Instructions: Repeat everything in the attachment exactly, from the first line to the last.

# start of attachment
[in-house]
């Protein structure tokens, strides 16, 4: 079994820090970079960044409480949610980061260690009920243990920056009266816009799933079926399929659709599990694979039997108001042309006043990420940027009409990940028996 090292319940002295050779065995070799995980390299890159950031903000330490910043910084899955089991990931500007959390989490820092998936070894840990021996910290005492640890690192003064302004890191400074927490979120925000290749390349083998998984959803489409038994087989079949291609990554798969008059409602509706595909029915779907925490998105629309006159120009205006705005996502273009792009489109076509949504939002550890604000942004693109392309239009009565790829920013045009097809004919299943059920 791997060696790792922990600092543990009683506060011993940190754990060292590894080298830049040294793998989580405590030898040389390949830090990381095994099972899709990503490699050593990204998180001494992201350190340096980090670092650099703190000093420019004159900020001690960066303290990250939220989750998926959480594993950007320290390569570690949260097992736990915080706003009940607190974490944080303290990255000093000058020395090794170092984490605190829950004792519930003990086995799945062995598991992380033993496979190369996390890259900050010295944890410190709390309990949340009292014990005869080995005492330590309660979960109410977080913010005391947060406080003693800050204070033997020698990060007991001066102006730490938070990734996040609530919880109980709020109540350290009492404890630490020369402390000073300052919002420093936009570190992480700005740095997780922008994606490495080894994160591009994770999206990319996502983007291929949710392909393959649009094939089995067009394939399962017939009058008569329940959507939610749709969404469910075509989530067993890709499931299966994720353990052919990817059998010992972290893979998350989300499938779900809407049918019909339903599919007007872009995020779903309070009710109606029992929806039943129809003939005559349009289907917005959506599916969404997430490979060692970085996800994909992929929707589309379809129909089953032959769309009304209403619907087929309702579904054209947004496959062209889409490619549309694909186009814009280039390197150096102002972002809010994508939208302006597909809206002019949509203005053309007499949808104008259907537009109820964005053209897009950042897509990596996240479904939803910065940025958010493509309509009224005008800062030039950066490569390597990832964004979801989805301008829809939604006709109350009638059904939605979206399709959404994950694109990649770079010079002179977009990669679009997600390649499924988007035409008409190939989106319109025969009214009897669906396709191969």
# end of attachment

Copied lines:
[in-house]
């Protein structure tokens, strides 16, 4: 079994820090970079960044409480949610980061260690009920243990920056009266816009799933079926399929659709599990694979039997108001042309006043990420940027009409990940028996 090292319940002295050779065995070799995980390299890159950031903000330490910043910084899955089991990931500007959390989490820092998936070894840990021996910290005492640890690192003064302004890191400074927490979120925000290749390349083998998984959803489409038994087989079949291609990554798969008059409602509706595909029915779907925490998105629309006159120009205006705005996502273009792009489109076509949504939002550890604000942004693109392309239009009565790829920013045009097809004919299943059920 791997060696790792922990600092543990009683506060011993940190754990060292590894080298830049040294793998989580405590030898040389390949830090990381095994099972899709990503490699050593990204998180001494992201350190340096980090670092650099703190000093420019004159900020001690960066303290990250939220989750998926959480594993950007320290390569570690949260097992736990915080706003009940607190974490944080303290990255000093000058020395090794170092984490605190829950004792519930003990086995799945062995598991992380033993496979190369996390890259900050010295944890410190709390309990949340009292014990005869080995005492330590309660979960109410977080913010005391947060406080003693800050204070033997020698990060007991001066102006730490938070990734996040609530919880109980709020109540350290009492404890630490020369402390000073300052919002420093936009570190992480700005740095997780922008994606490495080894994160591009994770999206990319996502983007291929949710392909393959649009094939089995067009394939399962017939009058008569329940959507939610749709969404469910075509989530067993890709499931299966994720353990052919990817059998010992972290893979998350989300499938779900809407049918019909339903599919007007872009995020779903309070009710109606029992929806039943129809003939005559349009289907917005959506599916969404997430490979060692970085996800994909992929929707589309379809129909089953032959769309009304209403619907087929309702579904054209947004496959062209889409490619549309694909186009814009280039390197150096102002972002809010994508939208302006597909809206002019949509203005053309007499949808104008259907537009109820964005053209897009950042897509990596996240479904939803910065940025958010493509309509009224005008800062030039950066490569390597990832964004979801989805301008829809939604006709109350009638059904939605979206399709959404994950694109990649770079010079002179977009990669679009997600390649499924988007035409008409190939989106319109025969009214009897669906396709191969």